Oh God, I was even more nervous walking into that room than I’d been in the waiting area. So I did what I did best. I smiled like I slept with a coat hanger in my mouth instead of the rum and coke I hadn’t managed to brush out that morning.
“Hi, Ms. Pullmer,” I said, beaming from ear to ear.
She gave a tight smile and extended her hand to the seat, “Hello.”
“Oh it’s really wonderful to meet you, are you enjoying the conference?” I said situated my paper in front of me and my bag to the side.
She stared at the paper a moment too long before responding. “It’s fine,” she said. End of sentence. End of smiling. Her face fell into a stoicism that looked like a doctor about to give terminal news.
It was Over Before It Began
She’d made her decision then. I knew it after the fact. I remember the look in her eyes right when she saw my scrawl of penmanship on that wrinkled piece of paper. Her decision had been made before the first word slipped out.
I smoothed over my paper and explained that I wanted to tell her about my book. I named my character. I said the first two lines of my pitch . . .
OH GOD THEN I BLANKED
My breath failed me in a mix of altitude sickness hell and a panic attack.
I stared at my paper, begging the words to give me my place back. I started again. And Another time. And finally on the third time I made it halfway through.
Ms. Pullmer was not having it. She flipped her black hair over her shoulder and gave an almost irritated shake.
“How long is the novel?” She asked.
I have never not wanted to answer a question more in my life than this one. “Almost 60 thousand,” I said. “But I swear my beta readers said it was a full novel. Nothing else needs to be added, it would just be fluff.”
She refused to make eyes contact as she sipped her water. “I only represent books in my range. Add 20k words and send me a query letter if you want.”
“IF you want”
GIRL JUST BITCH SLAP ME ALREADY. GET IT OVER WITH.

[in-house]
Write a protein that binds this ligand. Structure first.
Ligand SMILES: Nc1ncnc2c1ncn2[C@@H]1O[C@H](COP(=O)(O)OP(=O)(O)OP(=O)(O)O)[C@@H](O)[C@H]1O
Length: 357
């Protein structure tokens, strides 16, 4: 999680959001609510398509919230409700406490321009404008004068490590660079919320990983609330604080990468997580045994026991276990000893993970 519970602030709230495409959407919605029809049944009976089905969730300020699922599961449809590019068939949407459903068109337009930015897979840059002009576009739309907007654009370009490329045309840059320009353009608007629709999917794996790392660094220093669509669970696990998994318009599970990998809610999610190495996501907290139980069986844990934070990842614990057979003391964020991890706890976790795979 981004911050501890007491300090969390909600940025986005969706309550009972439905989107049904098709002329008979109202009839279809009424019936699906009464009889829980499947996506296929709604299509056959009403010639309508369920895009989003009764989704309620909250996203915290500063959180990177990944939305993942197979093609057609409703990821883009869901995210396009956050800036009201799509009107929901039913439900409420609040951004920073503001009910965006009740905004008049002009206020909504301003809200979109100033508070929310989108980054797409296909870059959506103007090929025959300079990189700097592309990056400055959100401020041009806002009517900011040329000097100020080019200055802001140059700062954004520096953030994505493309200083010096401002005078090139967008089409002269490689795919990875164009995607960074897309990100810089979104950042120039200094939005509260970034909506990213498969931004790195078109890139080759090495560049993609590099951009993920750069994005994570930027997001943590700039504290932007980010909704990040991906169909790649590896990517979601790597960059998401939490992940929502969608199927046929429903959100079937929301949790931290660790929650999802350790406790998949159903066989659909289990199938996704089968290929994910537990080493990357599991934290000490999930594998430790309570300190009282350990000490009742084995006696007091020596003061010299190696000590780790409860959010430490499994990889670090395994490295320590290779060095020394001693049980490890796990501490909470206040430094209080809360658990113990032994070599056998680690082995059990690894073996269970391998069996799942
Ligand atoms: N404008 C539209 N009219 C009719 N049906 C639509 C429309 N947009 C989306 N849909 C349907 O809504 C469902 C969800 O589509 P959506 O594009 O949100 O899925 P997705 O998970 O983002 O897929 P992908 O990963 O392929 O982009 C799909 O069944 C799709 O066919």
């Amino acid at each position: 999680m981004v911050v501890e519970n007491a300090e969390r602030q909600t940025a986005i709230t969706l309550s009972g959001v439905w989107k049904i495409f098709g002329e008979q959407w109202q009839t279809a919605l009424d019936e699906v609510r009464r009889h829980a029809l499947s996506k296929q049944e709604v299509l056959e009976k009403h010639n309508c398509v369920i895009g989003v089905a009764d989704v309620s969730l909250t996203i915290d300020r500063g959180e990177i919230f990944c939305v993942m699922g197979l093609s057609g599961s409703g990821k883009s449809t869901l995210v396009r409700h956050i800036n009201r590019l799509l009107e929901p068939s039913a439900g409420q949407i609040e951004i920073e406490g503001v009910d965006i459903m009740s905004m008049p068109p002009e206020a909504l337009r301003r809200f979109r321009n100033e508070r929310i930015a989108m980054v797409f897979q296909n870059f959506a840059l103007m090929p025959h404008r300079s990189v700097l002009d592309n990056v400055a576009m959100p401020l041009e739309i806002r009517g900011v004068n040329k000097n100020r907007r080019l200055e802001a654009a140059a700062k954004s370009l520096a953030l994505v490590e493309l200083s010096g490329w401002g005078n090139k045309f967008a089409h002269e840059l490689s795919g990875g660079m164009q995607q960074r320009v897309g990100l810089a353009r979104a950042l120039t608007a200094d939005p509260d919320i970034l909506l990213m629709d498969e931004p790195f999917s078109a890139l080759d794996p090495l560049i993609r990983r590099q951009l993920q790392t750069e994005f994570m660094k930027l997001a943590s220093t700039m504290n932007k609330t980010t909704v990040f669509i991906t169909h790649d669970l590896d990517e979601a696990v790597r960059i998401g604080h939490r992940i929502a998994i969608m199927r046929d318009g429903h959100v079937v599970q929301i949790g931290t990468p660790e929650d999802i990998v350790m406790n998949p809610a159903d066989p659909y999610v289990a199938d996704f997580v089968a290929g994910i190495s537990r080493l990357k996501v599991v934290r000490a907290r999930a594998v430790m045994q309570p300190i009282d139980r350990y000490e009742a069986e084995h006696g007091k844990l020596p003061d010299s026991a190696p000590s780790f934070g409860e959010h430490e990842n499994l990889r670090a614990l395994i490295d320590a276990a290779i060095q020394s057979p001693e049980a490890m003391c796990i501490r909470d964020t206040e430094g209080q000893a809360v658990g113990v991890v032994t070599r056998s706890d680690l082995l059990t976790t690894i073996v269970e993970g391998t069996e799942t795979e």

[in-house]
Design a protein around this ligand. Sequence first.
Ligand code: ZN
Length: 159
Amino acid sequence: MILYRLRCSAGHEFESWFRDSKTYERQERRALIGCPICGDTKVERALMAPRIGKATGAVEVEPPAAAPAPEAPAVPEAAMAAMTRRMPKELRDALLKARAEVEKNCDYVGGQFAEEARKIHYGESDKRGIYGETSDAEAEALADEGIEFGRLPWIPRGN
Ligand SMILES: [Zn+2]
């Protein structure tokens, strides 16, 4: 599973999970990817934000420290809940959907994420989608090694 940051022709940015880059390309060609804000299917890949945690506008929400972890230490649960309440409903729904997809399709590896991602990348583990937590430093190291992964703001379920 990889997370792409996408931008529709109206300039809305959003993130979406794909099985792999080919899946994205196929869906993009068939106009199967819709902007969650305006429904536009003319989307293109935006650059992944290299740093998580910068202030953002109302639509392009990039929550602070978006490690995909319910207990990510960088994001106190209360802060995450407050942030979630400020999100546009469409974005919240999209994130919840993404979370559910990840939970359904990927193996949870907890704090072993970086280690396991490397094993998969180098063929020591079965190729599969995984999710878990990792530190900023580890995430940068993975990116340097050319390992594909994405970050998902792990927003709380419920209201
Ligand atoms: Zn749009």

I stared at her, completely dumbfounded at the last three minutes of my life. “Is it over?” I asked her.
She nodded, her lips pursed in a thin line, “Yes.”
I gathered my bag and my crumpled piece of paper. I held myself together pretty much until I got to my hotel room. Then I sat on the edge of my bed, my bag still on my arm, my piece of paper in my hand. And I cried.
The Lost Dream
My dreams of being an author were just as distant as they were when I first arrived. I heard stories of people getting picked up by the top four houses. Rolling with Jim Butcher at lunch. Making life long connections. Getting job offers. Finding new customers for their books. And I had just had a disastrous meeting with a best selling agent. One who would never remember my name and, if she did, it would be out of pity.
Yeah, those ten minutes were pretty hard.
Then you know what I did?
I PICKED MYSELF THE HELL UP.
IT WAS ONE WOMAN”S OPINION YOU CRAP BUCKET, IT MATTERED LESS THAN ANYTHING ELSE THAT HAPPENED THAT WEEK.
It mattered less than that time I got hemorrhoids.
You know why? Because one person can’t make or break you. People might think they can, but they can’t. It’s you. People may cut you a break and help you along, but at the end of the day it’s you who’s writing those books.
It’s you who’s waking up before their kids do.
It’s you who’s fighting depression, time restraints, laziness, and procrastination every day.
It’s you who’s got the dream.
It’s you who has to fight for it.
And anyone, ANYONE who made you feel like you were only a success because of their influence . . . idk just kick ‘em in the crotch real hard. Doesn’t matter the gender, it’s gonna hurt.
I was due for a bad pitch. I was getting a little cocky, that’s all. The Lord was like- hey. let me humble you real quick and I was like okay. Bet. That’s great. Do it again if you need to ‘cause humble Kate is way better than haughty Kate. Trust me, my family will shout that from the rooftops.
The truth is though? I’m not worried. It was a bad pitch. I’m going to have a lot more of those, but also have a lot of good ones.
Here’s what I AM doing for my next pitch though
- Study the art of verbal story telling
- Read my novel before the pitch
- Don’t memorize words if it’s a 10-15 minute pitch. Have a conversation.
- Engage the agent. Don’t just talk at them. Ask questions …. somehow- figure out before publishing this blog? (Oops)
- Bring can of air into the pitch room in case of panic
So peeps, keep writing. And if you can’t keep writing, start reading. And if you can’t do that watch Netflix. Go to a museum. Consume art in any form, because in any form it’s inspirational.
Bye y’all, stay saucy.
XOXO - Kate